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Quantification of Oxygen Consumption of Meat-Spoiling Microorganisms below 30 % CO2 / 70 % O2 Atmosphere
Measurements in a Simulated Meat Packaging Environment with Optical Oxygen Sensor Spots SP-PSt3
Chair of Technical Microbiology, Technical University of Munich, Germany
In order for meat products to maintain their red color, beef and pork are packaged under a modified atmosphere. Mainly, a protective gas atmosphere consisting of 30 % CO2 and 70 % O2 is used. The high oxygen content in the protective atmosphere prevents the red myoglobin in the blood from oxidizing to the brownish metmyoglobin.
In previous work at the Chair of Technical Microbiology, it was found, that the oxygen content in meat packaging with protective atmosphere was constantly decreasing over a storage period of several days in continuous cooling. This resulted in an undesireable color change of the meat product. In addition, the meat's predominant microbiota changed depending on the oxygen content in the packaging. The resulting question was: Which meat-spoiling microorganisms are able to consume oxygen and thus attribute to the decrease of oxygen content in the packaging? Moreover, how large is the contribution of these microorganisms to the oxygen consumption in the meat packaging?
Material & Methods
A model system was developed in 1 L high-pressure bottles, which simulates the conditions on real meat. The bottles were half filled with a meat-like medium and the headspace was replaced with the protective atmosphere of 30 % CO2 and 70 % O2. The bottles could be sealed gas-tight with a butyl stopper. Thus, the fermentation medium could be compared to real meat and the headspace compared to the protective atmosphere in meat packaging. With two cannulas the headspace as well as the bacterial growth could be recorded. An oxygen sensor spot SP-PSt3 was mounted to the inside wall of each bottle at height of the culture medium. Thus, the dissolved oxygen content inside the medium could be monitored non-invasively through the bottle wall with a Fibox 3 LCD trace oxygen meter. The bottles were inoculated with the five meat-spoiling microorganisms Brochothrix thermosphacta, Carnobacterium divergens, Carnobacterium maltaromaticum, Leuconostoc gelidum subsp. gelidum and Leuconostoc gelidum subsp. gasicomitatum.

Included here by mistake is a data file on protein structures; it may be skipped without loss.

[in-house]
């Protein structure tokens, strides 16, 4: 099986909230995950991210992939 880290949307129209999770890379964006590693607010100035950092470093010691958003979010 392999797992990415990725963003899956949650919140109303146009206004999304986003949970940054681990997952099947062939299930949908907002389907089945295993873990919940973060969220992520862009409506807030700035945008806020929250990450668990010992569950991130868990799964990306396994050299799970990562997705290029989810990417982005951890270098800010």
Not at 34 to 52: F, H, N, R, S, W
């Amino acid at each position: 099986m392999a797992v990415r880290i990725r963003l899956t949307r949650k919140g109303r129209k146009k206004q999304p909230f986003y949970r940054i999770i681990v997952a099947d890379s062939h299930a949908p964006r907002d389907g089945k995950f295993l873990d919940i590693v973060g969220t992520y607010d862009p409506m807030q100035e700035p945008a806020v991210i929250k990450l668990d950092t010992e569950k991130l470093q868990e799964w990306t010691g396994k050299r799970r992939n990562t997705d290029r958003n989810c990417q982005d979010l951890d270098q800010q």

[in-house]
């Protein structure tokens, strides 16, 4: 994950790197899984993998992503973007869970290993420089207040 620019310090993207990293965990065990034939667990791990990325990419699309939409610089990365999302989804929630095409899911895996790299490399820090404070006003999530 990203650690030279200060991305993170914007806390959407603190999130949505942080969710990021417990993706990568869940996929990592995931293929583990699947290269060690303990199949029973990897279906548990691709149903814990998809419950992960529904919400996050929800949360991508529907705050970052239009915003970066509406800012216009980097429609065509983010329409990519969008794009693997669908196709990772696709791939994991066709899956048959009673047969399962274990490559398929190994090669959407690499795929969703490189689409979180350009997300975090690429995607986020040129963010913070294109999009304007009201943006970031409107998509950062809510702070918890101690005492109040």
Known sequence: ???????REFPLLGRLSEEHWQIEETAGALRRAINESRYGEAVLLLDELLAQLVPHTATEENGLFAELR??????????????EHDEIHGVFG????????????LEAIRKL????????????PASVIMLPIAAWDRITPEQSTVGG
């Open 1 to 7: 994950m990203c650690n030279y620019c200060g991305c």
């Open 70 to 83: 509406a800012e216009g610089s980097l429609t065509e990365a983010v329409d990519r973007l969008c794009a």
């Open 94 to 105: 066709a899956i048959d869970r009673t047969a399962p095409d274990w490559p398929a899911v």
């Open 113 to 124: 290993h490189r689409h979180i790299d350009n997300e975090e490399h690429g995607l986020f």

Results & Evaluation
All species were able to utilize the dissolved oxygen in the medium. The maximum as well as the average oxygen uptake rate (OUR) was calculated for all species. First of all, the diffusion constant kLa for the three fermentation media (12.5 g/L meat extract, 50 g/L meat extract and 100 g/L meat extract) was determined with the gassing out method.
Subsequently, the average as well as the maximum oxygen uptake rate (OUR) was calculated with the formula:
OUR = kLa • ([O2]* - [O2]) - d[O2] / dt
The following relationship between dissolved oxygen (DO), OUR and cell count (CFU) in the medium could be detected:
The calculated maximum and average OUR values for all the species are shown in the following graph:
The species B. thermosphacta showed a significantly higher oxygen uptake rate per cell compared to the other four lactic acid bacteria. Looking at the headspace measurements in the bottles, a clear decrease in oxygen content for all species could be determined.
Calculations of total headspace oxygen consumption over the 60 hour period also showed a significantly higher oxygen uptake rate per cell of the species B. thermosphacta compared to the other lactic acid bacteria.
These results prove that all five meat-spoiling microorganisms in this study contribute to the decrease in oxygen content in meat packages. Furthermore, it could be shown that B. thermosphacta makes a higher contribution to the oxygen consumption in meat packages than the other examined species. The non-invasive optical measurement principle of the SP-PSt3 sensor spots was a great advantage in these experiments as they allowed measuring the medium oxygen content through the bottle wall without having to modify the closed, gas-tight system.